Bob & Carol & Ted & Alice Review

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After filmmaker Bob (Culp) and his wife Carol (Wood) got to a modern therapy group as observers, they try to pass on their new way of sexual thinking on their friends Ted and Alice (Gould and Canning).


Opening scene aside, the first 40 minutes of this part-time capsule/part-timeless dramedy is like pulling teeth; when groovy Bob and Carol (Robert Culp and Natalie Wood) attend a new-age retreat, they convert and begin to vocalise their feelings directly, rather than intellectualise them. Cue ’60s pop-psychology clichés endlessly thrown up like blobs from a lava lamp. Then comes a smartly played scene between their uptight friends Ted and Alice (Elliott Gould and Dyan Cannon). As they negotiate their sexual politics in subtext, everything thereafter suddenly works. Very much of its time, and proof positive that some stories are worth seeing through to the end.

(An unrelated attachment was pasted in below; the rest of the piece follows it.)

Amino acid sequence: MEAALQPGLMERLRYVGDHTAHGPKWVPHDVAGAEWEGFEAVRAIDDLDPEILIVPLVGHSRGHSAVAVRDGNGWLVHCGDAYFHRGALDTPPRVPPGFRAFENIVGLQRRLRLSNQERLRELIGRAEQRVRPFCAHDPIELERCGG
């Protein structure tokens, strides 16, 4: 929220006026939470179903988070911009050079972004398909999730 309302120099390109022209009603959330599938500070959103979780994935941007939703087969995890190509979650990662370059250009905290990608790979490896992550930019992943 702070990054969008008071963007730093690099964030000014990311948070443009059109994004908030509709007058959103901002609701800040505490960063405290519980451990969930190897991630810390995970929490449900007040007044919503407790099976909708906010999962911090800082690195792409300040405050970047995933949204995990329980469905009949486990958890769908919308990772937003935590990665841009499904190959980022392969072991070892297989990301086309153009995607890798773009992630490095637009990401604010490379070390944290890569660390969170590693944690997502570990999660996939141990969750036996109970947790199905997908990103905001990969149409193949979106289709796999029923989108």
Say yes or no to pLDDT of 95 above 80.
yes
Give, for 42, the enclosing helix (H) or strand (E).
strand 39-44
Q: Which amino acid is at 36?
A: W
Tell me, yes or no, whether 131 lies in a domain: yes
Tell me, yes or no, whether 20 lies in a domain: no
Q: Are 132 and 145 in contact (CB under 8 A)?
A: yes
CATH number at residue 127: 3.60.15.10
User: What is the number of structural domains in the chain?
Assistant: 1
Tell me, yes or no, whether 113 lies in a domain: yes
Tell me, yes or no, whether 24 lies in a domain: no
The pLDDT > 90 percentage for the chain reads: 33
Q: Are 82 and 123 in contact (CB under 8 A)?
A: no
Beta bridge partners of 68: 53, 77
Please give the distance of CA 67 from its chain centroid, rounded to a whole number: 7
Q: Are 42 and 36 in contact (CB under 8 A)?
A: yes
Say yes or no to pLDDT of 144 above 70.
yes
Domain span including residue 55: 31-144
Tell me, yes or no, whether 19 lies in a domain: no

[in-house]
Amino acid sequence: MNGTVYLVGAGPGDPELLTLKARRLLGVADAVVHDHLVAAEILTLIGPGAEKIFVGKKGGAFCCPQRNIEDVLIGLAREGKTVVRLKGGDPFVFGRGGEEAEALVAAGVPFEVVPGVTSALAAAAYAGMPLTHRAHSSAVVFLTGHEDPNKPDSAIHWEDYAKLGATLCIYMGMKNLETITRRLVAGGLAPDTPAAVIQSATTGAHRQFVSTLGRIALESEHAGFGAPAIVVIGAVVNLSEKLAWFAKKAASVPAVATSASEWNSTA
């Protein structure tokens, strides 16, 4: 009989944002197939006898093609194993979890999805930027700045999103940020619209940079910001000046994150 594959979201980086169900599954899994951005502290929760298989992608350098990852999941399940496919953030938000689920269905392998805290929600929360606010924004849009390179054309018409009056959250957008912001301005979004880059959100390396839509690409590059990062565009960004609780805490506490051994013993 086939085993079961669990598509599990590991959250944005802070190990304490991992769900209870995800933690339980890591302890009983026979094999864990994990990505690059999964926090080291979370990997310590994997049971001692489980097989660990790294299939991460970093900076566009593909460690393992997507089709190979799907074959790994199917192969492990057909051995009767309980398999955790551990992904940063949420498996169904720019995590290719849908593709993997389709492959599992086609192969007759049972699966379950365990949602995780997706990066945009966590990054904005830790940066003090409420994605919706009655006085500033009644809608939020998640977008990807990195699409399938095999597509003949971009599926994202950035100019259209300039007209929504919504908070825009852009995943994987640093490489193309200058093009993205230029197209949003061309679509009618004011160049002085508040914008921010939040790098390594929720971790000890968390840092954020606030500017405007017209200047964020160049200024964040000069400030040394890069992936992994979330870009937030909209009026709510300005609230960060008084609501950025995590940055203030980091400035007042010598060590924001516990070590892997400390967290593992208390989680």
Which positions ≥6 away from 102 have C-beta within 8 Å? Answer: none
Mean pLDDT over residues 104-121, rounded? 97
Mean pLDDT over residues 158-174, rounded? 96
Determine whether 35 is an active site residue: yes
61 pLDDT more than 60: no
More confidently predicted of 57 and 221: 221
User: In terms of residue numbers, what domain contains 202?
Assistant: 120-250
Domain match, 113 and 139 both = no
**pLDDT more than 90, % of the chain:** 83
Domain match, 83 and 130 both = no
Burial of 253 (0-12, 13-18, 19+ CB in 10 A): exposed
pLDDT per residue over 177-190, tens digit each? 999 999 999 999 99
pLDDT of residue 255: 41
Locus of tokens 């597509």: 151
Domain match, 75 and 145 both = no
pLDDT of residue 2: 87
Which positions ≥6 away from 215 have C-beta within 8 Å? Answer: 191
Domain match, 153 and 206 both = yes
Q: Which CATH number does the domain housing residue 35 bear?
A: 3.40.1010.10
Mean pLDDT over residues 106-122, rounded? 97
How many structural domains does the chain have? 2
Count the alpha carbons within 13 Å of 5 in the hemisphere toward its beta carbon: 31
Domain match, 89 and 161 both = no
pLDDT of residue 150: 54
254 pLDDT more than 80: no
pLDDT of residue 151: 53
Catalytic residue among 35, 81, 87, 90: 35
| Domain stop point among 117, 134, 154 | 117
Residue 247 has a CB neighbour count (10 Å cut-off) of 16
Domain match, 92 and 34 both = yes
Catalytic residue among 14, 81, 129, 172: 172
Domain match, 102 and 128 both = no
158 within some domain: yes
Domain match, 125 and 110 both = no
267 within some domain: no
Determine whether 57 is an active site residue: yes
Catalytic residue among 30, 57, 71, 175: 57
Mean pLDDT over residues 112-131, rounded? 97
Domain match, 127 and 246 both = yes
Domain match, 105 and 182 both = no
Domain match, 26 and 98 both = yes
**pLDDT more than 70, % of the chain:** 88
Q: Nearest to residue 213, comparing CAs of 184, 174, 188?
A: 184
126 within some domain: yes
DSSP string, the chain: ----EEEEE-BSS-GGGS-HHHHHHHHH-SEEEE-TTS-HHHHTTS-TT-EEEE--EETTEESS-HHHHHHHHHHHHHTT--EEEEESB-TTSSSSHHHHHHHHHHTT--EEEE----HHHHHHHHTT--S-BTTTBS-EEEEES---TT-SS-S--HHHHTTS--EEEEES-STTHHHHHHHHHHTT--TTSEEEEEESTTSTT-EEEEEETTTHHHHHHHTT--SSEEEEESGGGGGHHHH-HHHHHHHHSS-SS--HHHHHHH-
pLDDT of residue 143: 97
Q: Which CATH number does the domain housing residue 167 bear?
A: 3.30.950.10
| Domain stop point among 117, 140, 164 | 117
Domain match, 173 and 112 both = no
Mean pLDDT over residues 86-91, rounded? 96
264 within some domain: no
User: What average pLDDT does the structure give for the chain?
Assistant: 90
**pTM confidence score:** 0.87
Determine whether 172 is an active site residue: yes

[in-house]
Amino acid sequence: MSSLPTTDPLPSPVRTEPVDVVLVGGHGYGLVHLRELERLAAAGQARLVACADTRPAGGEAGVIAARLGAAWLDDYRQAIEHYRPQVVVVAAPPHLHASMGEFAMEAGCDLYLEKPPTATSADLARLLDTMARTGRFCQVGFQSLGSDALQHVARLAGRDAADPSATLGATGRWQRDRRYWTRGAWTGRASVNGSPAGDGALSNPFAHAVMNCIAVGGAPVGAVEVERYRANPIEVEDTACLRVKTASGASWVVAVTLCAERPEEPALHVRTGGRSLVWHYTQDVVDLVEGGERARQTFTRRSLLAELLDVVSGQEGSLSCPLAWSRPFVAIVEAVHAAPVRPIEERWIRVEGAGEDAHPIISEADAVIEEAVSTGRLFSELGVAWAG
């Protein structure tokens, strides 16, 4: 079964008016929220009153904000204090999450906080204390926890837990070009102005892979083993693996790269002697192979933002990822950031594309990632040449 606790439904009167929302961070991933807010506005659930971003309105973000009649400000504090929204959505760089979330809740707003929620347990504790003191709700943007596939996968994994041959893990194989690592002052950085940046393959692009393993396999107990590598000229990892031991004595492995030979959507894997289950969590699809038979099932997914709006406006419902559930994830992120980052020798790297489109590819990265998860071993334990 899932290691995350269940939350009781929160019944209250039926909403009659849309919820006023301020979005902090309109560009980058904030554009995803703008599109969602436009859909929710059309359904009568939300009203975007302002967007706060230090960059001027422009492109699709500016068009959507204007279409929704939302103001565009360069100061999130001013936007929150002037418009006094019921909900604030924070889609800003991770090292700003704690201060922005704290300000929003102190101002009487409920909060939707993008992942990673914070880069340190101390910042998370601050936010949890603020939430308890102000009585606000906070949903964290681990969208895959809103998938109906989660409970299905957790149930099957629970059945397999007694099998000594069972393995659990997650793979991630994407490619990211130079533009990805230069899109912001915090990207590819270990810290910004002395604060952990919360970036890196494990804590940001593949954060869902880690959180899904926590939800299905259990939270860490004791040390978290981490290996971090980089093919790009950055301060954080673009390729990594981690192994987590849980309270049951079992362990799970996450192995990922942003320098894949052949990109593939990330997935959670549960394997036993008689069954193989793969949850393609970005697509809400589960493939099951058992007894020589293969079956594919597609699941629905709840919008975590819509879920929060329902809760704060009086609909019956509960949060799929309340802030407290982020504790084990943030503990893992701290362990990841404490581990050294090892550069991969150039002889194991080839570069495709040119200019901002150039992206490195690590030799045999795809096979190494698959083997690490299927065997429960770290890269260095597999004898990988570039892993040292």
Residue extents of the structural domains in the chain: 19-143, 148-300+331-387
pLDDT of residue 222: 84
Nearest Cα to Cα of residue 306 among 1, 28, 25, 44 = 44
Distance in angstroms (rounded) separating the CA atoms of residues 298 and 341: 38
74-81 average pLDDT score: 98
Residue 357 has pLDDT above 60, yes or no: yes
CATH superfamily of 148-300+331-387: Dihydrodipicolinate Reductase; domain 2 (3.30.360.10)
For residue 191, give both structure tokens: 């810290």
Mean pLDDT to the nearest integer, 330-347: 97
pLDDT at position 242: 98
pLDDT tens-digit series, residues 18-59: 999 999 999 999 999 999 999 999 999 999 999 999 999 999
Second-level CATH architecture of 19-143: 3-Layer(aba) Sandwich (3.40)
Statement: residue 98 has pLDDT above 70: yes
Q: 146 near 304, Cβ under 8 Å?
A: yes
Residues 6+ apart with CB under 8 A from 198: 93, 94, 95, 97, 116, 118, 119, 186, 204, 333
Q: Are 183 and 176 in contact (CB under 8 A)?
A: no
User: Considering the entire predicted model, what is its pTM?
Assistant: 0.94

Once the pop sensibilities are out of the way, this clever foursome becomes more than the sum of its part.